Did you know that it only takes ONE microphone to record drums?
I know, it doesn’t seem like it’s possible but I’m telling you… Sometimes LESS is more.
Whether you want to know how to record drums on a budget or simply want to keep things simple, this article is for you. I’ll be sharing THREE different microphone configurations to record drums that’ll cost you less than 500$.
We’ll start with the most affordable and work our way up.
I’ll also be recommending the specific microphones I’d use to maximize the value while minimizing the cost. I hope you’re excited to get started!
- Recording Drums on a Budget #1 – 1x Omnidirectional Microphone
- Recording Drums on a Budget #2 – 2x Pencil Condenser Microphones
- Recording Drums on a Budget #3 – 2x Pencil Condenser + 2x Dynamic Microphones
- What about audio interfaces/mixing consoles?
- Summary: How To Record Drums on a Budget
Recording Drums on a Budget #1 – 1x Omnidirectional Microphone
Okay, so the secret to the one-microphone drum configuration is the TYPE of microphone.
It’ll also work great with a bi-directional microphone (i.e. a ribbon microphone), but there are a few reasons that drew me to the omnidirectional condenser microphone.
For starters, ribbon microphones usually roll-off some of the high-end.
It wouldn’t matter so much if we were using multiple microphones, but in this case we want a microphone with an EXTENDED frequency response (20 – 20,000 Hz).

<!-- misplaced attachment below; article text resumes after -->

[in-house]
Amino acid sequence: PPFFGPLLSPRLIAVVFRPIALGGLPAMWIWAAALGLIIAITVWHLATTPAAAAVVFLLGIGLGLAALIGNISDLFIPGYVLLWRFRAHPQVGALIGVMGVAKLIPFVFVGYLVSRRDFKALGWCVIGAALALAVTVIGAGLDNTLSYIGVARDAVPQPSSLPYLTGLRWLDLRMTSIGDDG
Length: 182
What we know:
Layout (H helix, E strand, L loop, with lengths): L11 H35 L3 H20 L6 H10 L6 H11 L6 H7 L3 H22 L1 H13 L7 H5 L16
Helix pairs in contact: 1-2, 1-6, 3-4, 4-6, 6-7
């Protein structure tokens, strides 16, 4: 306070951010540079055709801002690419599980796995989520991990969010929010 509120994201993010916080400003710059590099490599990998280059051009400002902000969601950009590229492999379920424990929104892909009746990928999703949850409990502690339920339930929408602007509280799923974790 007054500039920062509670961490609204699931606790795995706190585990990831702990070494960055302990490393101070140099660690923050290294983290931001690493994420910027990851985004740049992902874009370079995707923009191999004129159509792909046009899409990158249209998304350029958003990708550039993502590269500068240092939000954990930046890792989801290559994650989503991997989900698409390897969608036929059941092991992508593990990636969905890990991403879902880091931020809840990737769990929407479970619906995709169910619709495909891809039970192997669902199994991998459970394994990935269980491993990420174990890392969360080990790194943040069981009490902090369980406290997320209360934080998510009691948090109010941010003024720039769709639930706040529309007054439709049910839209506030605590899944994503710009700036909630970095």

The great thing about condenser microphones is that they usually cover the entire spectrum, but what’s even better (in this case) is how sensitive they are.
That’s especially important since we won’t be focusing on any particular drum.
In fact, here’s where you should place this microphone…
Right in the center of your kit (next to your snare drum).
However, we need to make the distinction between condenser microphones that are UNIDIRECTIONAL (cardioid) and OMNIDIRECTIONAL.
To create the illusion of stereo in mono, we absolutely need an omnidirectional microphone.
If you ask me though, you’re better off going with a multi-pattern condenser microphone that has all three (unidirectional, bi-directional and omnidirectional).
Recording Drums on a Budget #2 – 2x Pencil Condenser Microphones
When I record my actual drum kit (which is rare nowadays), I usually use TWO microphones.
It’s pretty common and depending on your microphone placement, you can actually get some great results on a budget.
The type of microphones you’ll need for this method are pencil condenser microphones.
They’re also referred to as small-diaphragm condenser microphones.
Now, if you want to know more about the different possibilities in regards to stereo microphone configurations, I highly recommend reading THIS article.
If you ask me though, the best configuration to use is the “recorder man”.
That’s how you’ll make it sound like you used WAY more than 2 microphones.
Essentially, the two microphones you’ll be using for this technique will be considered OVERHEAD microphones and the same is true for the “recorder man” configuration.